One of the lessons of the twentieth century that is that a tyrant does not make peace with a democratically elected leader.
A dictator views an agreement with a democracy as one of expediency, designed to strengthen and bolster his regime of military supremacy, press censorship, government corruption and suppression of human rights and civil liberties.
A leader of a democracy believes that the spirit of freedom in his nation will preserve any such peace agreement for generations to come.
A dictator who gains tangible assets at the negotiating table thinks that he has won a battle by his sheer show of force, as he readies himself for the next round of conquest, which can be by either military or diplomatic means in the future.
A democratic leader promises “peace in our time” to his people, while the residents of his nation envision of a life of peace, for themselves and for their children.
As Israeli Prime Minister and Syrian Foreign Minister arrive for crucial talks in Washington, the media in Israel is rampant with the word “peace”. Yet the government-controlled media in Syria is rampant with the word “liberation of Palestine” as these talks begin.
Meanwhile, pundits in Israel debate the pros and cons of ceding vital security assets of the Golan Heights to Syria as the price of a peace treaty with Damascus. Yet Syrian government TV conveys a daily message to their people, promising that the Golan Heights is the first step of the Syrian nation liberating all of Palestine. “The Galilee is next, and then on to Jerusalem”, proclaim Syrian spokesman on official Damascus radio.
Tell that to most Israelis and they are incredulous.
The Jews of Israel, tired of continuous war that has plagued the Holy Land since 1936, would like to live in a nation that is not under military threat in the next century. Who wouldn’t?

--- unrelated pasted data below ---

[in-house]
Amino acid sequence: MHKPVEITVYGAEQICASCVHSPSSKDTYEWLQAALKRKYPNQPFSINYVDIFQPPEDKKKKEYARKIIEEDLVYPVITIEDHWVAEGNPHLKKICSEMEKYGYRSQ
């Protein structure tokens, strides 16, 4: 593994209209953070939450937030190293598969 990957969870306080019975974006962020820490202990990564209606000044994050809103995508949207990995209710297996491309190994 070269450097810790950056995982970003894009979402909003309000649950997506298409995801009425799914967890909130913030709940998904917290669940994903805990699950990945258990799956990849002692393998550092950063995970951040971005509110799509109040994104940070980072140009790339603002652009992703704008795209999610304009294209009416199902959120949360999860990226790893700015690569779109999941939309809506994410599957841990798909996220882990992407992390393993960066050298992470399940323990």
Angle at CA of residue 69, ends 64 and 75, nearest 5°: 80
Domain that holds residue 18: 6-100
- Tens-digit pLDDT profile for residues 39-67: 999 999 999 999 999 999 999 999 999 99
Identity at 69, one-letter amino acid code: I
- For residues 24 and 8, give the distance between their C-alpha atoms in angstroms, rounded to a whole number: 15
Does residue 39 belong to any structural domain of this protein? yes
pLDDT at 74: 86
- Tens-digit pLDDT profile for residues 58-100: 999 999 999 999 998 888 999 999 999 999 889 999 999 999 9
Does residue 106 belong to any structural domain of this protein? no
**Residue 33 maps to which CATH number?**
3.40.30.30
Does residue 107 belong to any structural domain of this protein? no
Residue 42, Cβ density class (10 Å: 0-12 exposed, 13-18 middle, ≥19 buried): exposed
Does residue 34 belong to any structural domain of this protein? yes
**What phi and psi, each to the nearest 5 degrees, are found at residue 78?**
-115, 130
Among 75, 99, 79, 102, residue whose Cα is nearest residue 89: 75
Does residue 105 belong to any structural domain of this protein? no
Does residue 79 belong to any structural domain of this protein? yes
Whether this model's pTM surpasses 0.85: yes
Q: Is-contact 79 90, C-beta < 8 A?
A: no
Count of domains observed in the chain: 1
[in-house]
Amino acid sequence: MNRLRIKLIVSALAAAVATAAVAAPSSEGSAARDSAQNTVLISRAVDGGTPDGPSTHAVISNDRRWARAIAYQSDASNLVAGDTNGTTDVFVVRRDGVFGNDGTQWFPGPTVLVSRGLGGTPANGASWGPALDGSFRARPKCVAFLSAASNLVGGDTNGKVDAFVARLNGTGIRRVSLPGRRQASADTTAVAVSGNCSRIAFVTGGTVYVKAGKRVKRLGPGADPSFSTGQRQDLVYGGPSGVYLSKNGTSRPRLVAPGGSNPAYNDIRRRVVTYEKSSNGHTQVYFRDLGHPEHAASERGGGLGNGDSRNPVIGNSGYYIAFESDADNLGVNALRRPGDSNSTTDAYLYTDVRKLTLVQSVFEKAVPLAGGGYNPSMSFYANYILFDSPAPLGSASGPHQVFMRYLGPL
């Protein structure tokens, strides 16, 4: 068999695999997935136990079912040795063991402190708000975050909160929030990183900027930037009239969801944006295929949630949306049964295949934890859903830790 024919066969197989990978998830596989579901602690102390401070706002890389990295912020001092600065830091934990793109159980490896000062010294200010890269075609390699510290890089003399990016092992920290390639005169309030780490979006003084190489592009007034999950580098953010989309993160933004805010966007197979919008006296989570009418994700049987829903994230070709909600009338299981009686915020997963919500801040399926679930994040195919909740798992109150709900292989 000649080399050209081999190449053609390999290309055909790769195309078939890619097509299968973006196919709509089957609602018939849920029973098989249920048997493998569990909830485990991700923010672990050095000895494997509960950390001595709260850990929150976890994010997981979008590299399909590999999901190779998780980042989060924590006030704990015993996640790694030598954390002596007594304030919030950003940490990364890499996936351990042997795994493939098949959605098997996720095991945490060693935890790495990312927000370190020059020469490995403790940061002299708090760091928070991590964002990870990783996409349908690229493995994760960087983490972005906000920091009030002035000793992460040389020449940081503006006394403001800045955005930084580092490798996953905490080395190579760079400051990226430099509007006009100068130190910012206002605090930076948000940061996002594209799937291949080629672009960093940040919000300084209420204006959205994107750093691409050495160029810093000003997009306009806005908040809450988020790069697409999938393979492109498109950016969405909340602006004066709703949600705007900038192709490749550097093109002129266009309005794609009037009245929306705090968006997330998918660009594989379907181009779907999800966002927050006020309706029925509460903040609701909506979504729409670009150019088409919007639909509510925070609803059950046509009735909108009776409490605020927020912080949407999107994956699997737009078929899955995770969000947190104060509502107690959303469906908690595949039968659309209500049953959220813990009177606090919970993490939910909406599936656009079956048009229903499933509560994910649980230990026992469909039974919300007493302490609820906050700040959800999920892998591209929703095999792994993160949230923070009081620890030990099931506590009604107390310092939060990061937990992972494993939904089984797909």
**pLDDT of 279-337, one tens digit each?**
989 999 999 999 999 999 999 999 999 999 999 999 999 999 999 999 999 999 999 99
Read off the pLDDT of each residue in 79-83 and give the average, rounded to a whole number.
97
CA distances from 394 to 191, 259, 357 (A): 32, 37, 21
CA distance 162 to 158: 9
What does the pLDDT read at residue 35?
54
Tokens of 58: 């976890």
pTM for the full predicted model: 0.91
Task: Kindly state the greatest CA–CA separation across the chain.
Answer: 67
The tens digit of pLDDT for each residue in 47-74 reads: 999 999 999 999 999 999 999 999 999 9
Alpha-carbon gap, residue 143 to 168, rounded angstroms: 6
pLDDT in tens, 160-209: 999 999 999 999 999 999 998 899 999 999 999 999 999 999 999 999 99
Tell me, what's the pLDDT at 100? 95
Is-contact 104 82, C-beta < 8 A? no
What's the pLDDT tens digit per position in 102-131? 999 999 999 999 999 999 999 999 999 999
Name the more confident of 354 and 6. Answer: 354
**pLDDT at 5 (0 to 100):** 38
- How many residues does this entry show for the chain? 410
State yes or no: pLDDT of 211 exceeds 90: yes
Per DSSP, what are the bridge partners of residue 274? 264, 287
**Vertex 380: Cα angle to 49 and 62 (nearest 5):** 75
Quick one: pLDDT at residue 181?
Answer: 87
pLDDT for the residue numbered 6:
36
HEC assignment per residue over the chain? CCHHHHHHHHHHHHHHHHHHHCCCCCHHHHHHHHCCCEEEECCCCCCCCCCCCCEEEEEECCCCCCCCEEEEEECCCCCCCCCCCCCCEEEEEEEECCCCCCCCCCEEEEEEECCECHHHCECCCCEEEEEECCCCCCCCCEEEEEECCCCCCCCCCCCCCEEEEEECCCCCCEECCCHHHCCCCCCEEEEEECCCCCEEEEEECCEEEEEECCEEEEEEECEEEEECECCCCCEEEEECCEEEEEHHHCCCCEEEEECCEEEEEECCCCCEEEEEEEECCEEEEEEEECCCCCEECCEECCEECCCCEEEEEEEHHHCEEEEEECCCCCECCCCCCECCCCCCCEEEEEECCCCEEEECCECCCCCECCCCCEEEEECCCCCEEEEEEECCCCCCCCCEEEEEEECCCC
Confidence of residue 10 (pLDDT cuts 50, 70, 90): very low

Many Israeli entrepreneurs have developed recent business contacts with people in the Arab world, and they are delighted to hear a desire for peace from Arabs whom they meet with, in every walk of life.
That most certainly includes Syrians whom Israelis have been meeting with in discrete joint business ventures over the past few years.
However, what people who live in a democratic country cannot conceptualize is that a popular desire for peace may not be reflected in a totalitarian regime.
The late Prime Minister of Israel, Yitzhak Rabin, asserted in his last appearance on October 31, 1995 at the Israeli Knesset parliamentary Foreign Affairs and Security Committee that the missile capacity and military resolve of Syria, aligned with Iran and with Libya, represented a threat to the very existence of the Jewish state. After Rabin’s assassination four days later, official Syrian media praised Rabin’s killing, describing it a as a “confidence building measure”.
And after a series of bombings in Jerusalem and in Tel Aviv in February and in March of 1996, official Syrian media endorsed these “acts of liberation”. That is when talks broke down, while Shimon Peres was Israel’s Prime Minister and while Ehud Barak was Israel’s Foreign Minister.
Now peace talks resume, with Ehud Barak firmly at the helm of the Jewish state.
Has anything changed? Hardly.
Except that Barak, working closely with the outgoing Clinton administration, would like to push for a definitive peace treaty with Syria and wave that piece of paper to the people of Israel when he descends AIR FORCE ONE in Israel, arm in arm with the US president.
Yet on a more sanguine note, long time peace activist and newly elected Israeli Knesset speaker Avrum Burg said on Israeli Channel One Television two days before Burg’s departure for the US that at the only way that Syrian President Assad will be able to “sell” any peace agreement with Israel will be for Assad to make that appeal for peace directly to the people of Israel, from the rostrum of Israel’s Knesset in Jerusalem, just as President Sadat did in 1977, when he addressed the Israeli Knesset and declared – “no more war, no more bloodshed”.